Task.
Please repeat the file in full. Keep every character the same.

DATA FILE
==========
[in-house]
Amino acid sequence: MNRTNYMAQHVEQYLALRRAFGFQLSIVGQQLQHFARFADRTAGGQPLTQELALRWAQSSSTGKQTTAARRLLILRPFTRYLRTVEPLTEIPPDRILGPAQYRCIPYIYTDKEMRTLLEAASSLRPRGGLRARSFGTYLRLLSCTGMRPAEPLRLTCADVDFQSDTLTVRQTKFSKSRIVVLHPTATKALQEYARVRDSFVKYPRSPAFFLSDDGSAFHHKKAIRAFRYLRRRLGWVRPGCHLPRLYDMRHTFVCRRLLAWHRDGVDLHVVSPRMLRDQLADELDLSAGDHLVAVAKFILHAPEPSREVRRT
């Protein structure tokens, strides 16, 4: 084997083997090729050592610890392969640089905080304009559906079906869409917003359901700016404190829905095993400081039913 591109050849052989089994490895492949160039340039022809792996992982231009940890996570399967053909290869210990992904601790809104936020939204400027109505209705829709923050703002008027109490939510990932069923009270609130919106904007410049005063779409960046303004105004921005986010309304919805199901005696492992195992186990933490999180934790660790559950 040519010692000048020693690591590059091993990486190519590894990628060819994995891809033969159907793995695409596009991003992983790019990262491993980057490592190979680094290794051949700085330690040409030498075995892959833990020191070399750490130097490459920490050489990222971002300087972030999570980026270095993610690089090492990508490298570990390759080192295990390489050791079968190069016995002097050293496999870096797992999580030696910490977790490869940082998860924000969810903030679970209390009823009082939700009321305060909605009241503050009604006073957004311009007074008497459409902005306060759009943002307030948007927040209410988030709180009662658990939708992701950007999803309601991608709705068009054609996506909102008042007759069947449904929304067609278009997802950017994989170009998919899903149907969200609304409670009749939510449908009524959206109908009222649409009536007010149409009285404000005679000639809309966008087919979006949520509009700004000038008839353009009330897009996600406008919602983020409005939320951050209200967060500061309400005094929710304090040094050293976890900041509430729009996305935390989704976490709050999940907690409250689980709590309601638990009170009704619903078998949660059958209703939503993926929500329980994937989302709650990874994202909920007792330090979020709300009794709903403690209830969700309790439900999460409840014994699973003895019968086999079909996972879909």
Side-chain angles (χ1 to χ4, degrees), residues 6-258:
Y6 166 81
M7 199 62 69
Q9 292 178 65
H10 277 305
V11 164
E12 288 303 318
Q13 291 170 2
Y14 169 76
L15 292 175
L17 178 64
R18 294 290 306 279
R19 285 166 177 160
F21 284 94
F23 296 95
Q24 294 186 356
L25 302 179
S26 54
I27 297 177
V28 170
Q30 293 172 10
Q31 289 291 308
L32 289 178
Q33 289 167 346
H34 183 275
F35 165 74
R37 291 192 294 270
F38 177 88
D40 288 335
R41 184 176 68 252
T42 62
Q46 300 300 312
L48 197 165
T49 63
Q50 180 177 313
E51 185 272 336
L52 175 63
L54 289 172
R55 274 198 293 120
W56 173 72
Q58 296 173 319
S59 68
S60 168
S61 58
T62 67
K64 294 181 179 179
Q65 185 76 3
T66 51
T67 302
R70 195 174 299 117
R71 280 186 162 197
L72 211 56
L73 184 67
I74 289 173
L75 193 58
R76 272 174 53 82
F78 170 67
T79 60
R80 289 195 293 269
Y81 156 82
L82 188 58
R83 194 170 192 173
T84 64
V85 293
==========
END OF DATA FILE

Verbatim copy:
[in-house]
Amino acid sequence: MNRTNYMAQHVEQYLALRRAFGFQLSIVGQQLQHFARFADRTAGGQPLTQELALRWAQSSSTGKQTTAARRLLILRPFTRYLRTVEPLTEIPPDRILGPAQYRCIPYIYTDKEMRTLLEAASSLRPRGGLRARSFGTYLRLLSCTGMRPAEPLRLTCADVDFQSDTLTVRQTKFSKSRIVVLHPTATKALQEYARVRDSFVKYPRSPAFFLSDDGSAFHHKKAIRAFRYLRRRLGWVRPGCHLPRLYDMRHTFVCRRLLAWHRDGVDLHVVSPRMLRDQLADELDLSAGDHLVAVAKFILHAPEPSREVRRT
């Protein structure tokens, strides 16, 4: 084997083997090729050592610890392969640089905080304009559906079906869409917003359901700016404190829905095993400081039913 591109050849052989089994490895492949160039340039022809792996992982231009940890996570399967053909290869210990992904601790809104936020939204400027109505209705829709923050703002008027109490939510990932069923009270609130919106904007410049005063779409960046303004105004921005986010309304919805199901005696492992195992186990933490999180934790660790559950 040519010692000048020693690591590059091993990486190519590894990628060819994995891809033969159907793995695409596009991003992983790019990262491993980057490592190979680094290794051949700085330690040409030498075995892959833990020191070399750490130097490459920490050489990222971002300087972030999570980026270095993610690089090492990508490298570990390759080192295990390489050791079968190069016995002097050293496999870096797992999580030696910490977790490869940082998860924000969810903030679970209390009823009082939700009321305060909605009241503050009604006073957004311009007074008497459409902005306060759009943002307030948007927040209410988030709180009662658990939708992701950007999803309601991608709705068009054609996506909102008042007759069947449904929304067609278009997802950017994989170009998919899903149907969200609304409670009749939510449908009524959206109908009222649409009536007010149409009285404000005679000639809309966008087919979006949520509009700004000038008839353009009330897009996600406008919602983020409005939320951050209200967060500061309400005094929710304090040094050293976890900041509430729009996305935390989704976490709050999940907690409250689980709590309601638990009170009704619903078998949660059958209703939503993926929500329980994937989302709650990874994202909920007792330090979020709300009794709903403690209830969700309790439900999460409840014994699973003895019968086999079909996972879909």
Side-chain angles (χ1 to χ4, degrees), residues 6-258:
Y6 166 81
M7 199 62 69
Q9 292 178 65
H10 277 305
V11 164
E12 288 303 318
Q13 291 170 2
Y14 169 76
L15 292 175
L17 178 64
R18 294 290 306 279
R19 285 166 177 160
F21 284 94
F23 296 95
Q24 294 186 356
L25 302 179
S26 54
I27 297 177
V28 170
Q30 293 172 10
Q31 289 291 308
L32 289 178
Q33 289 167 346
H34 183 275
F35 165 74
R37 291 192 294 270
F38 177 88
D40 288 335
R41 184 176 68 252
T42 62
Q46 300 300 312
L48 197 165
T49 63
Q50 180 177 313
E51 185 272 336
L52 175 63
L54 289 172
R55 274 198 293 120
W56 173 72
Q58 296 173 319
S59 68
S60 168
S61 58
T62 67
K64 294 181 179 179
Q65 185 76 3
T66 51
T67 302
R70 195 174 299 117
R71 280 186 162 197
L72 211 56
L73 184 67
I74 289 173
L75 193 58
R76 272 174 53 82
F78 170 67
T79 60
R80 289 195 293 269
Y81 156 82
L82 188 58
R83 194 170 192 173
T84 64
V85 293